Diastasis Recti is not one of the glamorous or popular “side effects” of pregnancy.
In fact, many women don’t know that this condition even exists until they have a baby and then realize that no matter how many sit-ups they do they still can’t get their flat stomach back.
While statistics are still being collected as to how many women are actually affected by DRA, some of the older studies show that about 36% of women will have separation of the abdominal muscles 6-8 months postpartum. Another research shows that DRA is also linked with pelvic floor dysfunction, incontinence, pubic symphysis discomfort and lower back pain.
As Pilates instructors we work with women before, during and after pregnancy. We have an opportunity to establish a strong foundation to prevent or at least minimize abdominal wall dysfunction in the postpartum period. We are their first line of defense and their hope to restore their function after delivery.
Today I’m talking to Diane Lee, a physical therapist from Canada. She is well known for her clinical work on thoracic, lumbar and pelvic floor as well as pelvic disorders and pain symptoms. She is one of the pioneers in the diastasis recti research as well as the author of several books and publications including The Pelvic Girdle: An integration of clinical expertise and research(aff) and The Thorax: An Integrated Approach (aff).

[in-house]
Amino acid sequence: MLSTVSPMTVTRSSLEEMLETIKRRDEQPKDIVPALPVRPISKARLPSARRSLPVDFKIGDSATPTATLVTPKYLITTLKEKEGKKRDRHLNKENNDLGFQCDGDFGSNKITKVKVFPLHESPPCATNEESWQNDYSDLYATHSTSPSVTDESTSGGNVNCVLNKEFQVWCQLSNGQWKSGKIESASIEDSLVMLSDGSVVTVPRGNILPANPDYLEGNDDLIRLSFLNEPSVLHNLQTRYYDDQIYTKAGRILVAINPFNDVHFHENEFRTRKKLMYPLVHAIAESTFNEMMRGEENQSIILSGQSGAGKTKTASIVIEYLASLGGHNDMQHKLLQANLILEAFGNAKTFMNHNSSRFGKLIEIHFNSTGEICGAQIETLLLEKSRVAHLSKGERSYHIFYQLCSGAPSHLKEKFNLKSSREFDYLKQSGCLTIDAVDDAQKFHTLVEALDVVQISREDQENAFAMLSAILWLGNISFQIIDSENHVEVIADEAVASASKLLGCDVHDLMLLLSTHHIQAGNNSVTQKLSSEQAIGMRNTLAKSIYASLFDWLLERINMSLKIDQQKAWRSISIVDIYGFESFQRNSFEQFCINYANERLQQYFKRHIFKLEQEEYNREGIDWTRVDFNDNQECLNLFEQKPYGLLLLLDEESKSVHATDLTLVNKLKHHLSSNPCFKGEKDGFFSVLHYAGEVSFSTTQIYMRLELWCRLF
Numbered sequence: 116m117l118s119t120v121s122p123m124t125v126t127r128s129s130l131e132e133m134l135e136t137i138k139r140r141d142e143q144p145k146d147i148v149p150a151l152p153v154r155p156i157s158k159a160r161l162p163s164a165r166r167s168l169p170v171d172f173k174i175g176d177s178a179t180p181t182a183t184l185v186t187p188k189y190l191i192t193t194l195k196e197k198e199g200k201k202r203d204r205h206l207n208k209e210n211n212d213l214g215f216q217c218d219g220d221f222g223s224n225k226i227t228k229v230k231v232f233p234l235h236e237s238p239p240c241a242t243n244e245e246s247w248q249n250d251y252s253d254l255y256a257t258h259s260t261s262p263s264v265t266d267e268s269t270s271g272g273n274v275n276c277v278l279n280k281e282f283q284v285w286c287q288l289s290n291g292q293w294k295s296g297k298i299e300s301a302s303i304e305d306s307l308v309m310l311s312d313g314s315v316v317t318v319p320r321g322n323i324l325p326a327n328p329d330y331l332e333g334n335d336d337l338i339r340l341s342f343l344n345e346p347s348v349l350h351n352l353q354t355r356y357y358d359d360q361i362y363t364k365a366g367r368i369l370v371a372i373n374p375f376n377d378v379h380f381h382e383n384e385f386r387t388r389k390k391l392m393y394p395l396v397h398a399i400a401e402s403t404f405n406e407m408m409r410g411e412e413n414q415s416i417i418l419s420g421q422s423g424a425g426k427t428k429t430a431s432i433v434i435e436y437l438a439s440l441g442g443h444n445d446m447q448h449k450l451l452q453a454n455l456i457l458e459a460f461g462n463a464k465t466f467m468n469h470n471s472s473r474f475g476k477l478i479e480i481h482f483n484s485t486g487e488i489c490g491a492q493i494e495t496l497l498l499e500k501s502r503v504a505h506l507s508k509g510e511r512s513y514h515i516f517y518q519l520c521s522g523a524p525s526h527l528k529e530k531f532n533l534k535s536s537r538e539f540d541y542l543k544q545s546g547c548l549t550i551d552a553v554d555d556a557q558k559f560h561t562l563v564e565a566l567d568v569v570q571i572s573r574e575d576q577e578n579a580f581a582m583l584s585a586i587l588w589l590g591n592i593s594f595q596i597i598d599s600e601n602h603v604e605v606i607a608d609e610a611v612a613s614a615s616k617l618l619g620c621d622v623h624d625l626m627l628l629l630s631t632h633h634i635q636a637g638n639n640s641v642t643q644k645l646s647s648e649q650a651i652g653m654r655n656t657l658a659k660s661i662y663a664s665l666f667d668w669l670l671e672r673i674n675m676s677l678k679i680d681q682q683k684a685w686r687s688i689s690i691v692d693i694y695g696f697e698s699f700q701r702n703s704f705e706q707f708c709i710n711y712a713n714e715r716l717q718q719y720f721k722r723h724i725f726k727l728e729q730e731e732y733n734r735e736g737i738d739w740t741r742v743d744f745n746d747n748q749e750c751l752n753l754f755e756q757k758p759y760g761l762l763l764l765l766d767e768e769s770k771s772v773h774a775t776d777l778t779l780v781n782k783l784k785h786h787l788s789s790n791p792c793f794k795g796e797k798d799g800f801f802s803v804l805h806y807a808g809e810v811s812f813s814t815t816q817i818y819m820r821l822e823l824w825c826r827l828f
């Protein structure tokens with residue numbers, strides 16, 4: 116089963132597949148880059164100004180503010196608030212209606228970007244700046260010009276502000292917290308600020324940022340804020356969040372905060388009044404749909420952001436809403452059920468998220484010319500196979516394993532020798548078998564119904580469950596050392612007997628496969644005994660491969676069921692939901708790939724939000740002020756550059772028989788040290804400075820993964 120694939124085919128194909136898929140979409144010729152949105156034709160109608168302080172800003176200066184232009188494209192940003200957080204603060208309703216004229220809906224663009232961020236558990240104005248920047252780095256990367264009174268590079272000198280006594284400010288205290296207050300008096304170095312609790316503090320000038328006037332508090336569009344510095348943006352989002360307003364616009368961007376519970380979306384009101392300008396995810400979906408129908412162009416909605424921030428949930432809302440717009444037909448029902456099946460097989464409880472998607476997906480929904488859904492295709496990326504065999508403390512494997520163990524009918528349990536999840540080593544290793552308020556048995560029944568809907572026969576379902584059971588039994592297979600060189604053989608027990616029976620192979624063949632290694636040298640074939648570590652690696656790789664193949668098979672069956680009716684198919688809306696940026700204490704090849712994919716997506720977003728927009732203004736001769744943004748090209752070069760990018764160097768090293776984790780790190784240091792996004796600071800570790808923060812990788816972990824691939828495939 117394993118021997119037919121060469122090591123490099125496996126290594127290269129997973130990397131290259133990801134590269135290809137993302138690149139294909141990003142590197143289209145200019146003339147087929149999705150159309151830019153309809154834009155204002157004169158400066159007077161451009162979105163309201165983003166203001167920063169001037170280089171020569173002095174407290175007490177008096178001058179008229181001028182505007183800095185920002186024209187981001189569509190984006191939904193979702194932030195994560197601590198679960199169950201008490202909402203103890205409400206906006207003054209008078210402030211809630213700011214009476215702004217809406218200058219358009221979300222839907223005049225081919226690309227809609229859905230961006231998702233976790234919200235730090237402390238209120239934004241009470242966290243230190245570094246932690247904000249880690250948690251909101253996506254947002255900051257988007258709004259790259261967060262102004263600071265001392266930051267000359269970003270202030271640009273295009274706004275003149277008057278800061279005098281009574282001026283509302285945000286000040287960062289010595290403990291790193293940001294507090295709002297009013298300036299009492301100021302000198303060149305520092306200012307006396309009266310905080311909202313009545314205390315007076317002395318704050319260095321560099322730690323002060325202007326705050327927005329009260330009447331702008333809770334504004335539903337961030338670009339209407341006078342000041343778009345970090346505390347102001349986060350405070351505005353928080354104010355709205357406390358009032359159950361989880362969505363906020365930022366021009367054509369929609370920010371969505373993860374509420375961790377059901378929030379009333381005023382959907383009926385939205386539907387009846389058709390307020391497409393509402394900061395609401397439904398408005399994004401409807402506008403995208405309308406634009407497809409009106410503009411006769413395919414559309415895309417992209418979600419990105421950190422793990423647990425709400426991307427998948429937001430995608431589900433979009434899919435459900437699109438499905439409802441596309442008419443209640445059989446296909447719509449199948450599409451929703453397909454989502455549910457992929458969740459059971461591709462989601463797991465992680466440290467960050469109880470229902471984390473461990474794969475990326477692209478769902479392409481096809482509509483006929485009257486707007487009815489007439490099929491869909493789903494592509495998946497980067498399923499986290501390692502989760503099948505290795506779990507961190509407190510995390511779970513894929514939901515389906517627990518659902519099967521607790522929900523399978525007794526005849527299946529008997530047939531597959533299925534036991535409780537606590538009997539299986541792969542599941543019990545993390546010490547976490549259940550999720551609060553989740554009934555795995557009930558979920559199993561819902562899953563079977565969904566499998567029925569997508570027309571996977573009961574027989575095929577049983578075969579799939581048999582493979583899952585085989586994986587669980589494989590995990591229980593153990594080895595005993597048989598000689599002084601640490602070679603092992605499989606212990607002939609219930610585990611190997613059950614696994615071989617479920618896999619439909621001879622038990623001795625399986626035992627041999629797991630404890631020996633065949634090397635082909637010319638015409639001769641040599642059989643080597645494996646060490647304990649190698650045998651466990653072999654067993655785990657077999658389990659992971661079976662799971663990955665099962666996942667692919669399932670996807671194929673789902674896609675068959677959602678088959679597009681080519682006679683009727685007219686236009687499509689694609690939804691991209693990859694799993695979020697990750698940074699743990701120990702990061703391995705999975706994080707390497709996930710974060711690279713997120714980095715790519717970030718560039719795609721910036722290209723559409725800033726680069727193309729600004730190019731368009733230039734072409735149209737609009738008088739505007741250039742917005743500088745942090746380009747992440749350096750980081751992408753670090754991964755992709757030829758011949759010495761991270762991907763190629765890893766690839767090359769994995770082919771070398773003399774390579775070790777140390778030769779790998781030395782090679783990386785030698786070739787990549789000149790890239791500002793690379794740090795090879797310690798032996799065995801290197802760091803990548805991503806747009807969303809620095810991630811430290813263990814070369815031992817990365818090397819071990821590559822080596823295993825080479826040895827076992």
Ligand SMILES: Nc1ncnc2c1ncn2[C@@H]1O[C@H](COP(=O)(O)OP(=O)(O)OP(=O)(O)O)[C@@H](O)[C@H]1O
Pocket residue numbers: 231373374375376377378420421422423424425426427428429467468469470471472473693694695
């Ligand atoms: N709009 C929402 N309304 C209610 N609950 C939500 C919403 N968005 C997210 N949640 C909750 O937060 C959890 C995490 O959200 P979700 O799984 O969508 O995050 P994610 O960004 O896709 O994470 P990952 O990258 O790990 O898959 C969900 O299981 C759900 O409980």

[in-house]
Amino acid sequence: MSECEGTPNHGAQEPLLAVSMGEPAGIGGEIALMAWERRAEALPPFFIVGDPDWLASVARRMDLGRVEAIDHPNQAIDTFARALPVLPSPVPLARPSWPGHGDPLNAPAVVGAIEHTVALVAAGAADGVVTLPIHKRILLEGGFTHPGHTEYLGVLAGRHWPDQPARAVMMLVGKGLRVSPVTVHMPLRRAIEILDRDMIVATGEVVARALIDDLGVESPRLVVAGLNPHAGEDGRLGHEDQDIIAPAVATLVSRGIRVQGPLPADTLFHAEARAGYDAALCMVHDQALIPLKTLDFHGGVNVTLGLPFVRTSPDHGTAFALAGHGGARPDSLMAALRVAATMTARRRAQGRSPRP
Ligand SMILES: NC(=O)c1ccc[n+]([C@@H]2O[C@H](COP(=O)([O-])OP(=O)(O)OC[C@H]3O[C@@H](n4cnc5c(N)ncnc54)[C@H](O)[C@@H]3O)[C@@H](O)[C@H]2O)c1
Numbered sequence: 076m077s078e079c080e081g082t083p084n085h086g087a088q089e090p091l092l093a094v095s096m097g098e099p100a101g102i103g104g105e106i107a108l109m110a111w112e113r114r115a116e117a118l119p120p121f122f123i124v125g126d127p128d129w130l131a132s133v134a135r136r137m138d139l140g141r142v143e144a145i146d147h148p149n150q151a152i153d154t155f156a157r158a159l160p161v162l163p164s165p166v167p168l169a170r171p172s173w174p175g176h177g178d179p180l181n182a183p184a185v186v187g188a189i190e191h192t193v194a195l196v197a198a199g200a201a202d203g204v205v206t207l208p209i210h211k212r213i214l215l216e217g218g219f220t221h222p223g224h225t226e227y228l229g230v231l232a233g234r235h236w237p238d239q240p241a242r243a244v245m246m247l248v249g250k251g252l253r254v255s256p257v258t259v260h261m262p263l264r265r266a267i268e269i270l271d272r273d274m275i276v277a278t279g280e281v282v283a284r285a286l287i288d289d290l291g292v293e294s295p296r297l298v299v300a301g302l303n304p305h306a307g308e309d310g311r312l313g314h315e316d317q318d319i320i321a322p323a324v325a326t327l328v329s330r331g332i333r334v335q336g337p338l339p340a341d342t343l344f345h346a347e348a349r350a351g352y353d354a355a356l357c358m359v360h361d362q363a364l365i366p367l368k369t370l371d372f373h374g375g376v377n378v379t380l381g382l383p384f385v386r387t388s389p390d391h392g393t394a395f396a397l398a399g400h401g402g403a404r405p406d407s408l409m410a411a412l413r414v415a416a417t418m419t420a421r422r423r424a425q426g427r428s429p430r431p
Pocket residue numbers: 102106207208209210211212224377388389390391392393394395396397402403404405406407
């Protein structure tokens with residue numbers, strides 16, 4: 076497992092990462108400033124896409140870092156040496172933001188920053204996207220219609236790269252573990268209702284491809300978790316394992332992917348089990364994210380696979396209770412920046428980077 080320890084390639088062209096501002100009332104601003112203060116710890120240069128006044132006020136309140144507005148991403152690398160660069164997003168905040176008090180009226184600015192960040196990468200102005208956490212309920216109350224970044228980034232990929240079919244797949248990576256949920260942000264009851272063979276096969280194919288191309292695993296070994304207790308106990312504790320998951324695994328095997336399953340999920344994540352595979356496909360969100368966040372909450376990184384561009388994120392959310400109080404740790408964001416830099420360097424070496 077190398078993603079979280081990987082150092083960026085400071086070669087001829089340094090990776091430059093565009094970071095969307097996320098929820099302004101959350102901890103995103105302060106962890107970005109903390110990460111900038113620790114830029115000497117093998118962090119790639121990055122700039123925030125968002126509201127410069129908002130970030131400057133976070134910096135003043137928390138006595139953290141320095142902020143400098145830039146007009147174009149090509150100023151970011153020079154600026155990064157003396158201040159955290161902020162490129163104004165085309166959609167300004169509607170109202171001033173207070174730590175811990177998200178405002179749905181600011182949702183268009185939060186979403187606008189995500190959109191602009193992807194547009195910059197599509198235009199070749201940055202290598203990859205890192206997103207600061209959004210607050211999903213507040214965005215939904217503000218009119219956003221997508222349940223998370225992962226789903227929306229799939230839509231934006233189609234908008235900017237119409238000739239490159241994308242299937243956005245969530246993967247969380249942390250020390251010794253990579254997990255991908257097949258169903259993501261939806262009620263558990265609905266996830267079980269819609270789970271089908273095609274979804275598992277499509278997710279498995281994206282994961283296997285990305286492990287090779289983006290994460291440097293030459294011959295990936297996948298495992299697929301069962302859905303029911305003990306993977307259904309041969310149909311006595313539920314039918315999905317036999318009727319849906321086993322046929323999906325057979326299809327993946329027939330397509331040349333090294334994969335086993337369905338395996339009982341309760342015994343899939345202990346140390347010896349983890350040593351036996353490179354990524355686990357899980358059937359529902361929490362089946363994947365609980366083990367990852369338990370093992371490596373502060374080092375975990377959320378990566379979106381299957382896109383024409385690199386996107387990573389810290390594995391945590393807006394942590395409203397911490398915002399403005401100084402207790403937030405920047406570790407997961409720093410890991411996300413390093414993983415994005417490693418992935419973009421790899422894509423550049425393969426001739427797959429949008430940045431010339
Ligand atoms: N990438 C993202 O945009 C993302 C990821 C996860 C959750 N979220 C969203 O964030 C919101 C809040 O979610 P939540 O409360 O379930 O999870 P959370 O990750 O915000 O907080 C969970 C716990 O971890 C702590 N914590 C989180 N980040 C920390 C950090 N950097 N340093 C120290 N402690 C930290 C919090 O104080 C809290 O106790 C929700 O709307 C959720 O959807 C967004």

Questions Discussed in this Interview
- What muscles should you actually train to close Diastasis Recti? (Hint – it’s not Transversus Abdominis.)
- How does DRA affect overall function of the body?
- How can DRA be prevented before and during pregnancy?
- Who is at a higher risk of developing DRA?
- What are some of the practical cues that are designed to help women find their core connection and regain abdominal wall function?
- An exercise protocol to prevent diastasis from happening.
- Safe ways to teach twists during the pregnancy.
- Beneficial breathing patterns to treat and prevent DRA.
- Practical tips for Pilates instructors who work with DRA clients.
- At what point can one say that plastic surgery is the only way to restore abdominal wall function?
- Is it a good idea to use binders or braces to treat DRA?
- Additional resources to learn about DRA and pelvic girdle rehabilitation in postpartum women.